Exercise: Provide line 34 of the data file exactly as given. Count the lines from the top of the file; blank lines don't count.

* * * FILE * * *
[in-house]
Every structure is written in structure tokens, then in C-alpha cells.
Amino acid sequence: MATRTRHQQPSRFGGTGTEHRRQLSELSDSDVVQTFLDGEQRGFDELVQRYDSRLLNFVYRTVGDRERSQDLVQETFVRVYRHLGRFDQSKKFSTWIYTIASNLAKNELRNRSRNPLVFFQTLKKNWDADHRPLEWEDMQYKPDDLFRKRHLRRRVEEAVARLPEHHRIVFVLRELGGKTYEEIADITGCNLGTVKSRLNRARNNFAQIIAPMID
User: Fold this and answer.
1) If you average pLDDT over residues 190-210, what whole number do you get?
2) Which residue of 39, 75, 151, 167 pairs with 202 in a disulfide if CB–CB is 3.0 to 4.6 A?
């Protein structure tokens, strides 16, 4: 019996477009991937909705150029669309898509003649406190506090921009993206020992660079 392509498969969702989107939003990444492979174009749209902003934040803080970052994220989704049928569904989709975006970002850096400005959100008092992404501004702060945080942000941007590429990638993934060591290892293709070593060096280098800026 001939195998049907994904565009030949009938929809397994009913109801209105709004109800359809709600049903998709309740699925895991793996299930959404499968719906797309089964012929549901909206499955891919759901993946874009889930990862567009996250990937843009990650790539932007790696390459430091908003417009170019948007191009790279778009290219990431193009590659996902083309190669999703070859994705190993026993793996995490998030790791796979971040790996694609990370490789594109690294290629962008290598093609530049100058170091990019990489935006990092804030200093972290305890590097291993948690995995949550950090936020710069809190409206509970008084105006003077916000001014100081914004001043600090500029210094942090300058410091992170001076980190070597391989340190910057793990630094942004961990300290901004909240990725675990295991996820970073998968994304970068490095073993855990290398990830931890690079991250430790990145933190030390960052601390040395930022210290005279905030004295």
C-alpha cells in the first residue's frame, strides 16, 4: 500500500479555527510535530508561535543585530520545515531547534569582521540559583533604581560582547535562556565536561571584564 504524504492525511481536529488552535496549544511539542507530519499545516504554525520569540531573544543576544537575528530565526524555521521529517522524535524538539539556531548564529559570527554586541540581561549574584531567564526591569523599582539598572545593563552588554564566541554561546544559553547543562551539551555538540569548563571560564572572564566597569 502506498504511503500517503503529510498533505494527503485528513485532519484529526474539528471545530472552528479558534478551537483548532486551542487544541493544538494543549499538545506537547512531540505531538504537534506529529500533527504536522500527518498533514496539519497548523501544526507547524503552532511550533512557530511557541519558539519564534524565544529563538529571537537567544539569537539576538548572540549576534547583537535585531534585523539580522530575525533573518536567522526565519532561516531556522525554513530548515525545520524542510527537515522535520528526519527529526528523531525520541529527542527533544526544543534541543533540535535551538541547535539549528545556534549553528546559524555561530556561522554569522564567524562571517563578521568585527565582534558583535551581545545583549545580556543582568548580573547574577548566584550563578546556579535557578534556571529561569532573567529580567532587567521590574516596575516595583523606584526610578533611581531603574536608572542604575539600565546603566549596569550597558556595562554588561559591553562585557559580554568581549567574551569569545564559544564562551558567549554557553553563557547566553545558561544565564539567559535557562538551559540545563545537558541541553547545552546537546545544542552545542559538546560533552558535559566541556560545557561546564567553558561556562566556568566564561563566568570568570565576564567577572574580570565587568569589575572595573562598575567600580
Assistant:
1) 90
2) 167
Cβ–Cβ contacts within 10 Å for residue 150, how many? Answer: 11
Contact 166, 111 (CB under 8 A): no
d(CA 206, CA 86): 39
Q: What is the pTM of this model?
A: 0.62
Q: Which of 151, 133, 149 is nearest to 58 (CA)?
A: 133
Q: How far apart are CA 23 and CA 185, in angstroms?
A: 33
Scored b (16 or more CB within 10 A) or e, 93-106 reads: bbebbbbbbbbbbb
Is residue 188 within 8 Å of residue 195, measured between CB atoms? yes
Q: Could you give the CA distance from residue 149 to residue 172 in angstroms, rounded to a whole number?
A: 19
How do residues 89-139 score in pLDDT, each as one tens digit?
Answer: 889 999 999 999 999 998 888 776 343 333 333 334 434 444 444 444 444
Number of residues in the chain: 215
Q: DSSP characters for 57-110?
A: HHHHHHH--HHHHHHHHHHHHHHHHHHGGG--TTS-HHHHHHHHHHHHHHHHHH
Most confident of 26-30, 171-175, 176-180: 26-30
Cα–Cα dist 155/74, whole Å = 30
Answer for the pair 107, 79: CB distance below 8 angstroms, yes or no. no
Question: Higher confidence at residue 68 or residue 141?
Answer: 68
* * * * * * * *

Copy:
Answer: 68